The terrorist "mastermind of a major conspiracy" yesterday entered a guilty plea in Woolwich Crown Court to a charge of conspiracy to murder. Dhiran Barot admitted planning a radioactive "dirty bomb" explosion which it was claimed would have caused "injury, fear, terror and chaos", and/or "fear, panic and social disruption". Barot also planned a coordinated series of attacks in the UK and US, with the "Gas Limos Project", involving three limousines filled with explosives and gas cylinders placed in underground car parks, being allegedly the principal attack planned.
The "mastermind" is claimed to have planned the attacks between 2000 and 2004, but the prosecution accepted that there was no evidence that he had obtained money to finance the plot, or that he had acquired bomb-making material, radioactive substances, limos or gas cylinders. Nor does there appear to be any indication that he knew where to source radioactive materials, how to build a dirty bomb, or how to set off sufficient gas cylinders in an underground car park to make a skyscraper collapse. Or indeed what the limo parking deal might be in the bowels of the World Bank HQ or the New York Stock Exchange, which were among the cosmopolitan list of targets.
Barat, who according to the Daily Mail was run to earth in a Harlesden barber's shop after a "dramatic chase", did have several attack plans in notebooks, and plans for the US attacks were "found on computers" after his arrest. Expert evidence, reports The Times, indicated that the dirty bomb would not have caused death "but, if constructed to Barot’s plan, would have spread enough radioactive material to make 500 people sick."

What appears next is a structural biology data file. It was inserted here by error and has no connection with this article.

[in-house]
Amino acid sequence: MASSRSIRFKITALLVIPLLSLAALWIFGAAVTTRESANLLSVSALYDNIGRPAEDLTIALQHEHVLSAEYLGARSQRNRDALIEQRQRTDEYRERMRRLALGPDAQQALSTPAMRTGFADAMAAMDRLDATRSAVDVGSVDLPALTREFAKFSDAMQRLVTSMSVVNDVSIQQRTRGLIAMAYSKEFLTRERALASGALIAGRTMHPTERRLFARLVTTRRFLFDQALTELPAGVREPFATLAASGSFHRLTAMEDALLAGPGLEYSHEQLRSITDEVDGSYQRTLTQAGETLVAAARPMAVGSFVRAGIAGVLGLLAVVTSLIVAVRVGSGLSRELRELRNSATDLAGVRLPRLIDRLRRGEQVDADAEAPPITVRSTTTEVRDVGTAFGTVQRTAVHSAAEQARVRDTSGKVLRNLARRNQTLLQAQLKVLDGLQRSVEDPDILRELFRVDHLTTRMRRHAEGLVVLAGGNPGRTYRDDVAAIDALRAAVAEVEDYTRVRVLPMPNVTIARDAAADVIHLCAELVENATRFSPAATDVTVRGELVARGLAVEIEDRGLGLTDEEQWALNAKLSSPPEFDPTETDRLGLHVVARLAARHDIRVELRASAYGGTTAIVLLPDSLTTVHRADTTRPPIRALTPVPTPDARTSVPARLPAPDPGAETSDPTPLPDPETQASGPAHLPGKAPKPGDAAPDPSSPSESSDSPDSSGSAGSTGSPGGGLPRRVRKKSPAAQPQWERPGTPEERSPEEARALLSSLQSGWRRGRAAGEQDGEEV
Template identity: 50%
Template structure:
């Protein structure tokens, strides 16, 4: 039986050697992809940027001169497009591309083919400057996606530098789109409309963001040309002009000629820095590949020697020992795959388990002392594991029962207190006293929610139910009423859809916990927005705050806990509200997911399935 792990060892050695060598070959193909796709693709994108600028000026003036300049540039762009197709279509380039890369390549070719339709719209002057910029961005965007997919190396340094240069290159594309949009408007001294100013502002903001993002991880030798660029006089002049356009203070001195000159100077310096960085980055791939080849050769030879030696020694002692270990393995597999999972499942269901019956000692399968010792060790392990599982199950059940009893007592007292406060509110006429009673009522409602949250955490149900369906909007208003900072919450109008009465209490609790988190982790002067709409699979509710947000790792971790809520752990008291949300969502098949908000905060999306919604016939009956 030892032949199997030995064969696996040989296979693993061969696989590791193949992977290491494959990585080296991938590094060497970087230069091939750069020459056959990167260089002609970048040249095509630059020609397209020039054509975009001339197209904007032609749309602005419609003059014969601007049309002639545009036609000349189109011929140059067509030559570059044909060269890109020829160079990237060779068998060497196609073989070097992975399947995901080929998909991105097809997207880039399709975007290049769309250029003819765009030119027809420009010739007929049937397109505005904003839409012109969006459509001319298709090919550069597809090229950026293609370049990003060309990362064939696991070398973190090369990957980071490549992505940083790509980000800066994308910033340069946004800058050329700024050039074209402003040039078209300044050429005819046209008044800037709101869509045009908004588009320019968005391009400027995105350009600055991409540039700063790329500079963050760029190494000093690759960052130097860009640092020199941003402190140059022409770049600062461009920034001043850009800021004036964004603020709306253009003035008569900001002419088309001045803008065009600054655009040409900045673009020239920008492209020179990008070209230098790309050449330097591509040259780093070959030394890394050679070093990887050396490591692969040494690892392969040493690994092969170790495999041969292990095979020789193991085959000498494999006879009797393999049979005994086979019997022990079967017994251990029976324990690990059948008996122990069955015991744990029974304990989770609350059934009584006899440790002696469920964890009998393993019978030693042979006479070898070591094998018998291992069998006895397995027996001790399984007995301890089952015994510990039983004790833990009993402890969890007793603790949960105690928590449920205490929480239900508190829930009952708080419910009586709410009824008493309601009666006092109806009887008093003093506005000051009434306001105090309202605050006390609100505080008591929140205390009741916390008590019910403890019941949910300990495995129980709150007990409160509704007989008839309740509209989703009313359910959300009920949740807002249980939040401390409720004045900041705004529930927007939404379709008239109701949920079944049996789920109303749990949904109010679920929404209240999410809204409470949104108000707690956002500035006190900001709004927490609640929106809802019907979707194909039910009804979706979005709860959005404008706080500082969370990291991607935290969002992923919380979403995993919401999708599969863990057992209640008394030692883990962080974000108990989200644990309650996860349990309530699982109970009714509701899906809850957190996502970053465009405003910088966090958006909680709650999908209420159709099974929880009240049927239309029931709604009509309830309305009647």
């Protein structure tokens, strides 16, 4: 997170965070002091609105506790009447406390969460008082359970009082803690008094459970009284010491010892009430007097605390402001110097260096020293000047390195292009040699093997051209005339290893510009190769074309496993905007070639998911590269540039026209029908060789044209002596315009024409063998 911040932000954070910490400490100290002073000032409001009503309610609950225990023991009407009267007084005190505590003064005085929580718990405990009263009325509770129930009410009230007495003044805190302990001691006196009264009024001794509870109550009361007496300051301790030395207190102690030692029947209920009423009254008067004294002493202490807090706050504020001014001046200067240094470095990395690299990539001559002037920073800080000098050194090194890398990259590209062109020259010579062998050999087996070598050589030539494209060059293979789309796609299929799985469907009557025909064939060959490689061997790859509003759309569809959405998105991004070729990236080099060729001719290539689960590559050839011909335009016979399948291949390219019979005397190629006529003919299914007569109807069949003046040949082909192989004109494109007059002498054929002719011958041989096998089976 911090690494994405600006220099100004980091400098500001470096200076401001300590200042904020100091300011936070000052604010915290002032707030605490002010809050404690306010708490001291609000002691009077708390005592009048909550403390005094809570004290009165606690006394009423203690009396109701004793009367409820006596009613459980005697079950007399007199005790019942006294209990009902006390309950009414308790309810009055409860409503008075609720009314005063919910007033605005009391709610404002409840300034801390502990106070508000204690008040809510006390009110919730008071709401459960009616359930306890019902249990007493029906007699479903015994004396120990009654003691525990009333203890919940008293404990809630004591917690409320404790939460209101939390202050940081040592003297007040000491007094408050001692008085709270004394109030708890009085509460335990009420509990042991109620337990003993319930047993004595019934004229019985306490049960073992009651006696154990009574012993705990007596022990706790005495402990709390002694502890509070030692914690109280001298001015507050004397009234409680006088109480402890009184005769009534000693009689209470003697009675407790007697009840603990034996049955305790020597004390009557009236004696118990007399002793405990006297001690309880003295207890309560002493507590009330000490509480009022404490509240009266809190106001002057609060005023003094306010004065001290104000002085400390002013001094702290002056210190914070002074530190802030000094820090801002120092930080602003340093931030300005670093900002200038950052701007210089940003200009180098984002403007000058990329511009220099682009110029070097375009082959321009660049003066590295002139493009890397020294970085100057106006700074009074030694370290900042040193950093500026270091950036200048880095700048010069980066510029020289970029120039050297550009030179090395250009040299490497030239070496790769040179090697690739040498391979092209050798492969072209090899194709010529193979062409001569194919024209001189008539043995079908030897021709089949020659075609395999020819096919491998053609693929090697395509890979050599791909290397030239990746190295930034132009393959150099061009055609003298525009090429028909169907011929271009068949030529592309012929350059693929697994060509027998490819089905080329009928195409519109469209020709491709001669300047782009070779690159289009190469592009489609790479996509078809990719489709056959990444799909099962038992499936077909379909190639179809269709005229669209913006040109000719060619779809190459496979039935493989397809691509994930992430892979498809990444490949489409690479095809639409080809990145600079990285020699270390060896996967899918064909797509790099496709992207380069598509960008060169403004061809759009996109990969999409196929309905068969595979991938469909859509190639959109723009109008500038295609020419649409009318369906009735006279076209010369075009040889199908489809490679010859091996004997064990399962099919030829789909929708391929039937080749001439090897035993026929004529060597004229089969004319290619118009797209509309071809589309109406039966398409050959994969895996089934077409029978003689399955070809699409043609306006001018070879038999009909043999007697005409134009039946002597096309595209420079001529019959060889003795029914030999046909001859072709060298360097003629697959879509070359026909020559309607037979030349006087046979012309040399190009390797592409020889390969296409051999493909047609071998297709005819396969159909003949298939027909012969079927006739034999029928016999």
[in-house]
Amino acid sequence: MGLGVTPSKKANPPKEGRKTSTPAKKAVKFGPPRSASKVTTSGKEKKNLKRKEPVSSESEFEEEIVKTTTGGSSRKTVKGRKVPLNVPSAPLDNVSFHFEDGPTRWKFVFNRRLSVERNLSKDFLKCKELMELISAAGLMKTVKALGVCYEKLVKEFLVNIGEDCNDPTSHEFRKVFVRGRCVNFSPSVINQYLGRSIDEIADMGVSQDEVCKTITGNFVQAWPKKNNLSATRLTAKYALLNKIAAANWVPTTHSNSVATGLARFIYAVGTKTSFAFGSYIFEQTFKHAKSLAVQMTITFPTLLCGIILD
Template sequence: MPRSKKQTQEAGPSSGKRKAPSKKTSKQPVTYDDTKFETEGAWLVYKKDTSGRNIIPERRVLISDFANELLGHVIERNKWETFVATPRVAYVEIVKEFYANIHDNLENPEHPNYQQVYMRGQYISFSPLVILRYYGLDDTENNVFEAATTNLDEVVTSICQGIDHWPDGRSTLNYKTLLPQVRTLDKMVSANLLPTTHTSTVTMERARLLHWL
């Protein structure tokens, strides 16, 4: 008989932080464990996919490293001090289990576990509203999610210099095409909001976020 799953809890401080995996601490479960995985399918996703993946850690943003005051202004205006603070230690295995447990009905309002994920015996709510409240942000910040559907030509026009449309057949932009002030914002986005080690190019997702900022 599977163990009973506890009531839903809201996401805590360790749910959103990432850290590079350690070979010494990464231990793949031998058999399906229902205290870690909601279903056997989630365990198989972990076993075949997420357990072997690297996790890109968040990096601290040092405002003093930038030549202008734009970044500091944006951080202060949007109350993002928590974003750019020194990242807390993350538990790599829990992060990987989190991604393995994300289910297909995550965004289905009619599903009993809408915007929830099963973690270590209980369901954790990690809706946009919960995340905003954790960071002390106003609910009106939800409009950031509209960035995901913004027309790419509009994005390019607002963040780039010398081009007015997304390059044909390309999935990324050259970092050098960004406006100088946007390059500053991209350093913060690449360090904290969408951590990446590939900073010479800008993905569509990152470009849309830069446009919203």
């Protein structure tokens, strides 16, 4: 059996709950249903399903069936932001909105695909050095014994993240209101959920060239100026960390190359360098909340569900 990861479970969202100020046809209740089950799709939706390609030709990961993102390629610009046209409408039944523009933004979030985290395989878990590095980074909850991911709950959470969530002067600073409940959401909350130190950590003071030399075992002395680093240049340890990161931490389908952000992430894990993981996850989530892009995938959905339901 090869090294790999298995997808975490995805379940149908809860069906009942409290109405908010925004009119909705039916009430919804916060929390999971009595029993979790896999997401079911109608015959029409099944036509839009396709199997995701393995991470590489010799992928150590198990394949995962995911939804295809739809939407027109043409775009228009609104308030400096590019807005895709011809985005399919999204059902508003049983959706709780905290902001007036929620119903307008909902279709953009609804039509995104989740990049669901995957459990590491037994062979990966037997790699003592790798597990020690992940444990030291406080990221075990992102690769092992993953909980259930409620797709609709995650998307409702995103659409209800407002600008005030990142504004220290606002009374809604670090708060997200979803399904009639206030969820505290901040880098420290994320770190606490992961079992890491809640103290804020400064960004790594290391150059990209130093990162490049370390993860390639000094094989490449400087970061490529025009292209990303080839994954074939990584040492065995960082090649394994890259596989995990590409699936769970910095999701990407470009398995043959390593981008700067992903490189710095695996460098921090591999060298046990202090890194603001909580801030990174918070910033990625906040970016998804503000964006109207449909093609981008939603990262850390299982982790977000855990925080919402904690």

It is entirely unclear how a number so precise might be derived from the rough notes of an apparent amateur with no actual terror gear, but wreaking radiological havoc is no doubt one of the many things that fall into the category of being Easy for terrorists to... Realistically, the experts available to the prosecution will have said that the damage caused by a dirty bomb will be mainly that which is inflicted by the conventional explosives, and that the distribution of the radioactive material will depend on the size and construction of the conventional bomb used for this purpose. And they may have said that under certain conditions, depending, numbers of people might experience minor contamination. Or not, depending. And they may also have said that the radioactive bit of the mess created probably wouldn't be particularly hard to clear up.
Might they have said that the major effect of dirty bombs is the global hysteria the discovery of the plans causes? We wish...
Details of Barot's case were revealed when reporting restrictions were lifted following his guilty plea. The prosecution stressed that in admitting his guilt Barot was making no admission regarding the involvement of seven co-defendants in the conspiracy. These deny all allegations, and will be tried next year.
Barot's arrest was one of a number which took place in the UK in August 2004 following the arrest the previous month of Muhammad Naeem Noor Khan in Pakistan. Khan's arrest prompted a heightened security alert in Washington and New York City, and produced some intriguing reverberations in the US, detailed by Juan Cole here and here. ®